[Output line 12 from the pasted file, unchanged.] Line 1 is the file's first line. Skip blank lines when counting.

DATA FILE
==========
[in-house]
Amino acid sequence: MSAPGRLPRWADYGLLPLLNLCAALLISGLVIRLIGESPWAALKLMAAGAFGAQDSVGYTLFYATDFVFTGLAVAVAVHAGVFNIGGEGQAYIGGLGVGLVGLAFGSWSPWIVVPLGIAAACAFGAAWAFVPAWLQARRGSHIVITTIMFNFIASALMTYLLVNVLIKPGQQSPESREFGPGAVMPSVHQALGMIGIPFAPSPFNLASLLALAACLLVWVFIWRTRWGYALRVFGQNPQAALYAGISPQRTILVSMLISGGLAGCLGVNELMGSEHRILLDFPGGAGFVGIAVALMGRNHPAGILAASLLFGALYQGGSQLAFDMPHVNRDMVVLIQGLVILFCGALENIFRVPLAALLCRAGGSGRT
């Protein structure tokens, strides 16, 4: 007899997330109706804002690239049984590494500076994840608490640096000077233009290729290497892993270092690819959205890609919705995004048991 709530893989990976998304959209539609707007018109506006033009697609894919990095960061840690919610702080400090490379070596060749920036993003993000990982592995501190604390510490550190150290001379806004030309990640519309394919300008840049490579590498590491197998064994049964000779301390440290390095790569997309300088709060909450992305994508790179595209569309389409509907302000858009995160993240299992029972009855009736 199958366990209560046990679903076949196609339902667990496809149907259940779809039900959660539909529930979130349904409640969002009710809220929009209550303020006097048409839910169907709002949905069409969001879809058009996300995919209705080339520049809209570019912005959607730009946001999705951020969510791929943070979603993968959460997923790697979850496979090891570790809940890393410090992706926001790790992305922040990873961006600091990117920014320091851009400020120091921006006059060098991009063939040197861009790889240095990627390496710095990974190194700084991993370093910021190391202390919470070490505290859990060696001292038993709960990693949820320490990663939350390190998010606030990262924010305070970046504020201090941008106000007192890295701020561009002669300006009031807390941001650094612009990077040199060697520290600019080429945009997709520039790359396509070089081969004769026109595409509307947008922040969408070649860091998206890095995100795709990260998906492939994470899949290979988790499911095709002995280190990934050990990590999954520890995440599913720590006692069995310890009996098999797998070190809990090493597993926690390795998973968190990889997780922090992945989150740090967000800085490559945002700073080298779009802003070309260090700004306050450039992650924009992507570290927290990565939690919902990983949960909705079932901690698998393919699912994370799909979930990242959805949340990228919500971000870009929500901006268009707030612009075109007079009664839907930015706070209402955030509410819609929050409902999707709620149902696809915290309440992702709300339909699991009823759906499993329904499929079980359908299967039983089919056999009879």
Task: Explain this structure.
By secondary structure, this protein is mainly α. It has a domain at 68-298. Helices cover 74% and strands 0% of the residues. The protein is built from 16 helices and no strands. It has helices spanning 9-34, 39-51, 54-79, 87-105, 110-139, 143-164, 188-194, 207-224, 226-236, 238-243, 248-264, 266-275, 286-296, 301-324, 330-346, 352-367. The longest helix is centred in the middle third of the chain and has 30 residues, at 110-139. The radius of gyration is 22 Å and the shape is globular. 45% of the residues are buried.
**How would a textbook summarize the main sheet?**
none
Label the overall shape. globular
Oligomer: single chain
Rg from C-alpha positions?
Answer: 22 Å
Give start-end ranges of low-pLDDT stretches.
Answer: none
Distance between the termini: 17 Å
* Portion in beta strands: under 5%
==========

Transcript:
Give start-end ranges of low-pLDDT stretches.